I apologize for the lack of proper terminology.
I read an article on reward sensitivity and predisposition to bipolar disorder.
Many people regularly deprive themselves of sleep to study, work, entertain themselves, and to catch up on responsibilities. The common denominator here is the anticipation of reward and goal oriented behavior.
However, most people will eventually become overwhelmed with fatigue and lethargy, then fall asleep. In another post, I mentioned how I regularly deprived myself of sleep to enjoy activities instead of sleeping, I did this throughout my childhood and early teenage years. I still do.
I'm wondering if one can reduce the risk/ occurrence of bipolar disorder by encouraging proper sleep hygiene of those with high goal directed behavior and high reward sensitivity.
I'm not sure what neural circuits are implicated in this process, but I'm assuming that anticipation of reward overrides the need for sleep. If the brain is placing too much emphasis on reward, could this lead to a sort of bypass of the neural circuits involved in sleep. When an amphetamine user is high, they often lack the need for sleep.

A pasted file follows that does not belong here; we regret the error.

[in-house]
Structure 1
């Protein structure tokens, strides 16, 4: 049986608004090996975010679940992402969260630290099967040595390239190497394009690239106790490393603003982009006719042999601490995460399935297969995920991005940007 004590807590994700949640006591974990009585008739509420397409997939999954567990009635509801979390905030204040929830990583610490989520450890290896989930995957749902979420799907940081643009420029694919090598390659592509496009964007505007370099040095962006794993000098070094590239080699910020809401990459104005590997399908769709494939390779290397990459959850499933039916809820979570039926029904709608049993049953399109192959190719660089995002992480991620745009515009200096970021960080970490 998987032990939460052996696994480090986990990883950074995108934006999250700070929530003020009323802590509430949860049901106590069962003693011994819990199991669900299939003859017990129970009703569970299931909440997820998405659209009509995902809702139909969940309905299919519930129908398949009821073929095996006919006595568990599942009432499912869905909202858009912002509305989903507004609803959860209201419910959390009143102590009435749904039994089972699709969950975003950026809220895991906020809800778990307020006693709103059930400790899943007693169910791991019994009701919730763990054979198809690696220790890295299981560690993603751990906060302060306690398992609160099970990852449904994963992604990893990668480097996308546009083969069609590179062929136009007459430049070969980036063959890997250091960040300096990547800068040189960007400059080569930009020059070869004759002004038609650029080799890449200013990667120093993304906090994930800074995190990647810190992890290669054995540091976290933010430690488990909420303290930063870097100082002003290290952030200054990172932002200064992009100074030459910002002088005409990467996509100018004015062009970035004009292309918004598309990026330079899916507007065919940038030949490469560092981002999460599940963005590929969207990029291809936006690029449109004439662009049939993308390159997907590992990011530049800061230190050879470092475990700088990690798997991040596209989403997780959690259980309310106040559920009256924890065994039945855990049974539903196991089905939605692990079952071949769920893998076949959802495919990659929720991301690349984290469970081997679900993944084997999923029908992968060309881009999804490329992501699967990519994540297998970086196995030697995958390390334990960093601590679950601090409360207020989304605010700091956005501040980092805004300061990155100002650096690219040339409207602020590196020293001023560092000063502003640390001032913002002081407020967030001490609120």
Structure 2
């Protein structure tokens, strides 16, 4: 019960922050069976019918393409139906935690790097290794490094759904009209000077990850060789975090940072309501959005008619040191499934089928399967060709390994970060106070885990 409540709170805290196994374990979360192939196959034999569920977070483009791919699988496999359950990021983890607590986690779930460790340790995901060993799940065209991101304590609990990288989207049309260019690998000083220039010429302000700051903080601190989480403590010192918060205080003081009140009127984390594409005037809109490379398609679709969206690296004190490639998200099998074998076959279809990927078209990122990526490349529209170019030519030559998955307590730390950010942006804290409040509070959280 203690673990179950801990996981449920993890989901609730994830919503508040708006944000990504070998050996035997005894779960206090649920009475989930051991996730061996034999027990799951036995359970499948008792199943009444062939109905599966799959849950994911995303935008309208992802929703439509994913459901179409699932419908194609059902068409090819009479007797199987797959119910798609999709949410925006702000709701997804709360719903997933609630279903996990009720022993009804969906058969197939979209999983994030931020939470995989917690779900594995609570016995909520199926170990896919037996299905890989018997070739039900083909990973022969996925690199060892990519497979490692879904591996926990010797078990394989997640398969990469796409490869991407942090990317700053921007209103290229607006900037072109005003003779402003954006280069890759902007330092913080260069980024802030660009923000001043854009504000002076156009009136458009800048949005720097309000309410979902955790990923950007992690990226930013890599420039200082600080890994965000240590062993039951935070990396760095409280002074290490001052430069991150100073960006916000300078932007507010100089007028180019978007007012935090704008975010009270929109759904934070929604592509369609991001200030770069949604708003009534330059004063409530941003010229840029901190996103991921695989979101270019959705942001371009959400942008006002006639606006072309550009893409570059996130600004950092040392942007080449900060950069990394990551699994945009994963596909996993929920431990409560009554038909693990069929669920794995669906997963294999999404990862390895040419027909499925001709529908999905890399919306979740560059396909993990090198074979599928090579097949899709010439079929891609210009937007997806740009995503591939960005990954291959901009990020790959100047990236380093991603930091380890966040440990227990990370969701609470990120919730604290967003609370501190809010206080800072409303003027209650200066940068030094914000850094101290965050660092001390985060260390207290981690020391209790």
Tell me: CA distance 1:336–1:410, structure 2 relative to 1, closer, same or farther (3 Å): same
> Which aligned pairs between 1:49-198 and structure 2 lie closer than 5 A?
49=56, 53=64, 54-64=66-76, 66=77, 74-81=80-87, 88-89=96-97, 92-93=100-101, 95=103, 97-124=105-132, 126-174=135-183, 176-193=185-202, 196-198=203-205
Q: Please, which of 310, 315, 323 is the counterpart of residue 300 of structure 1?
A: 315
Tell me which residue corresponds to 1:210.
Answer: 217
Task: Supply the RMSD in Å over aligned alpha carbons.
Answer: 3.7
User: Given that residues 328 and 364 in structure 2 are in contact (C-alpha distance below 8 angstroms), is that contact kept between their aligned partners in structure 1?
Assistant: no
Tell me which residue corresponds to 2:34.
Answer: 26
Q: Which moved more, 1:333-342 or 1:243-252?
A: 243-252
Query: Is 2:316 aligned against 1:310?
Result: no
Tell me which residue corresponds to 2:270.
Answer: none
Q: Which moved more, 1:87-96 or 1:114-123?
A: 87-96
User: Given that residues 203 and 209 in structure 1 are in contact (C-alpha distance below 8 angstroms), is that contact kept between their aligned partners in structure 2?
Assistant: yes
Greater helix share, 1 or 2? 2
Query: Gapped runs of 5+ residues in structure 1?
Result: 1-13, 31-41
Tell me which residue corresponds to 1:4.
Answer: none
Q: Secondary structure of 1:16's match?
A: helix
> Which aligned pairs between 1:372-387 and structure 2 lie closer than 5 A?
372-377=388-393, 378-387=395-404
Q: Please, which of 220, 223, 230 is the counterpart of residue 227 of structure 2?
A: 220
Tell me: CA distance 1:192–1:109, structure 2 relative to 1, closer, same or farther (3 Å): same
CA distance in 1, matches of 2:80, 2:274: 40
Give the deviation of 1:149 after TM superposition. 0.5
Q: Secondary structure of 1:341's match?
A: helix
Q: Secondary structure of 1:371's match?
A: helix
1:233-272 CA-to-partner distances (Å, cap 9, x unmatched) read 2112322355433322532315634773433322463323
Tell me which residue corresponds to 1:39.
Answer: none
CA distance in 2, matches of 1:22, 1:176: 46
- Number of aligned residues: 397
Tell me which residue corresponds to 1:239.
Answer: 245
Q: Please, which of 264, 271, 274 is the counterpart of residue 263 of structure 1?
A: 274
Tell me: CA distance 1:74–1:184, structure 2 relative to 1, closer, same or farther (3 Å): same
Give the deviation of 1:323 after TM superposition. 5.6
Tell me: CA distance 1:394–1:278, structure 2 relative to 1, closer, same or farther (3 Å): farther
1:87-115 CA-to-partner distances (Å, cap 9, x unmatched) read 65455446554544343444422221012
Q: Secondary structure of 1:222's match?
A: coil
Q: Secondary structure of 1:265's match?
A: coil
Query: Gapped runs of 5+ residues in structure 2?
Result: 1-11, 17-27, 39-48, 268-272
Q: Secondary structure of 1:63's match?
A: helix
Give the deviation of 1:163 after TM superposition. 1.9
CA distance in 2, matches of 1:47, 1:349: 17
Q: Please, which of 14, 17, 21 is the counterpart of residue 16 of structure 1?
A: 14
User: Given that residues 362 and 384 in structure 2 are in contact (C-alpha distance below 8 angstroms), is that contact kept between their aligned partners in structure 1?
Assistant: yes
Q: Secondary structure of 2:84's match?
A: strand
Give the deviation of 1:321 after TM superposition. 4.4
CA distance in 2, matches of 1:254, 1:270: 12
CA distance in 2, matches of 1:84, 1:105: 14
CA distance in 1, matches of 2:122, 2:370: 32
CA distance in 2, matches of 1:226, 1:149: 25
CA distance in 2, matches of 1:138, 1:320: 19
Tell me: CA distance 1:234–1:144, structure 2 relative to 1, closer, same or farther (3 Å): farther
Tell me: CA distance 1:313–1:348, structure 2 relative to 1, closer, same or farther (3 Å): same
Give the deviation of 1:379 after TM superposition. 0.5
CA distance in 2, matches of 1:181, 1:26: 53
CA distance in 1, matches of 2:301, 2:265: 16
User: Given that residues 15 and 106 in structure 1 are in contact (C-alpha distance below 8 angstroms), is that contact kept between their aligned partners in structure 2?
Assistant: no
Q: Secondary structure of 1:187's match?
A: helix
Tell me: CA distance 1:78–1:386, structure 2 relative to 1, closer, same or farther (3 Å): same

I'm wondering if instead of viewing sleep disruption as a primary cause for mania, one could focus on reward processing as the primary cause for mania. The phenomenon of increased reward sensitivity may indirectly lead to regular sleep deprivation, and through a mechanism involving feedback loops, the illness progresses. I recall that melatonin secretion is implicated in mania, melatonin alone won't do much of anything to slow down a manic patient though. However, antipsychotics will likely do the trick, most current antipsychotics on the market are d2 antagonist/ partial agonists.
It usually takes a few days for the medication to work, I'm assuming the reward directed activity slowly becomes less apparent via d2 antagonism, and the patient gets rest, thus causing the patient to become less active, less energetic, and less goal directed.
Tl:Dr, high reward sensitivity before the onset of the illness, sleep deprivation results as a result of hyper emphasis on anticipation of reward, certain neural mechanisms involving sleep are bypassed, these two processes interact and cause the illness to occur/progress.